Adjunct Assistant Professor
Office Hours: W 9:00 am-12:00pm
BA: University of Wisconsin (’78)
MPhil: University of Oxford (’06)
DPhil: University of Oxford (’11)
ASCE 1359 INTRO TO EAST ASIAN CIV: CHINA
Borderland Studies, Economic History, Transport Geography, Tea, Material Culture, History of Printing
I wrote my thesis on “Tea, Trade and Transport in the Sino-Tibetan Borderlands.” This work focuses on the convergence of geography, history, and anthropology, particularly in the regions of southwest China. Border issues and commodity economics, especially the history of Sino-Tibetan economic relations, are main areas of research. In addition to tea, I have a strong interest in the development of printing, bookmaking and manuscripts in Chinese civilization. In the area of visual culture, I spent several years researching color and painting, and also locating, documenting and preserving historic photographs, art historical and other visual materials related to China and Tibet.
“Tibet and Tea: A Summary of Trade, Social Customs and Sino-Tibetan Relations Dealing with Ja/Cha.” In Commerce and Communities – Social Status and Political Status and the Exchange of Goods in Tibetan Societies (Mid 17th to mid 20th centuries). Berlin 2018.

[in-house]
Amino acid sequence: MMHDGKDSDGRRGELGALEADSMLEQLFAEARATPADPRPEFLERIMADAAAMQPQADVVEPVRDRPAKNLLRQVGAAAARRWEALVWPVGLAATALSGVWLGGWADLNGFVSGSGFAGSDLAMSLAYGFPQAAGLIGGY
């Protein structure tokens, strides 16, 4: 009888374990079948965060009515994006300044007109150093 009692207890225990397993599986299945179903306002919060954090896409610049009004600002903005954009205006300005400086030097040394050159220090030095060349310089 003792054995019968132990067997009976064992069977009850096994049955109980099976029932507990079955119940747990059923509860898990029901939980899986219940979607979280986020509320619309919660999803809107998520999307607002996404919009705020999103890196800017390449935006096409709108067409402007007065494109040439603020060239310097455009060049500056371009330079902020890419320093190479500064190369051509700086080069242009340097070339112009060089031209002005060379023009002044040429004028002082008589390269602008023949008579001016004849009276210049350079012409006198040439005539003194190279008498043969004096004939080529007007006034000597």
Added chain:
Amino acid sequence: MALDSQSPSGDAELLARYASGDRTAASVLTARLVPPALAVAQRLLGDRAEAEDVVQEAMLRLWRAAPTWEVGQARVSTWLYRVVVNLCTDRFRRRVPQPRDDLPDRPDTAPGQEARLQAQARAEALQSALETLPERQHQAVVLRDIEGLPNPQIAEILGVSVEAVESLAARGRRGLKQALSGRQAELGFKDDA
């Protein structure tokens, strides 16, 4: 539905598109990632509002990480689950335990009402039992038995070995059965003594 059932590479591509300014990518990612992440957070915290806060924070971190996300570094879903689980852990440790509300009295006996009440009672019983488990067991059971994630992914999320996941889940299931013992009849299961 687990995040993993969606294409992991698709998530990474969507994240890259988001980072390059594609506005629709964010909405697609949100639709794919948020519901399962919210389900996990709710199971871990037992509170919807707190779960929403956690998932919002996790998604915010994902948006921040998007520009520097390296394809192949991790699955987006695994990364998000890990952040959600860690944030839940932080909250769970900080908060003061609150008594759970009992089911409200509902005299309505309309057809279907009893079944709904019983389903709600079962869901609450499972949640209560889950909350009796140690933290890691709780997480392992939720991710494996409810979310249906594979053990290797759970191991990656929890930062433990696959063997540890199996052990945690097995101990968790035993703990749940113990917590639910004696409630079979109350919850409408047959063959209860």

“To Control Tibet, First Pacify Kham”: Trade Routes and “Official Routes” (Guandao) in Easternmost Kham.” Cross-Currents: East Asian History and Culture Review. Institute of East Asian Studies, University of California, Berkeley, e-journal, June 2016.
“In and Out of Borders: The Beifu Tea Porters Encounter Tibet.” Cahiers no. 23, 2014 d’Extrême-Asie. École française d’Extrême-Orient (EFEO), centre de Kyoto. 29 Kita-shirakawa bettō-chō, Sakyō-ku, Kyōto 606-8276, Japan.
“Fear of Indian Tea and the Failure of British India to Break the Chinese Tea Monopoly in Tibet.” In Buddhist Himalaya: Studies in Religion, History and Culture. 2011. Gangtok, Sikkim: Namgyal Institute of Tibetology.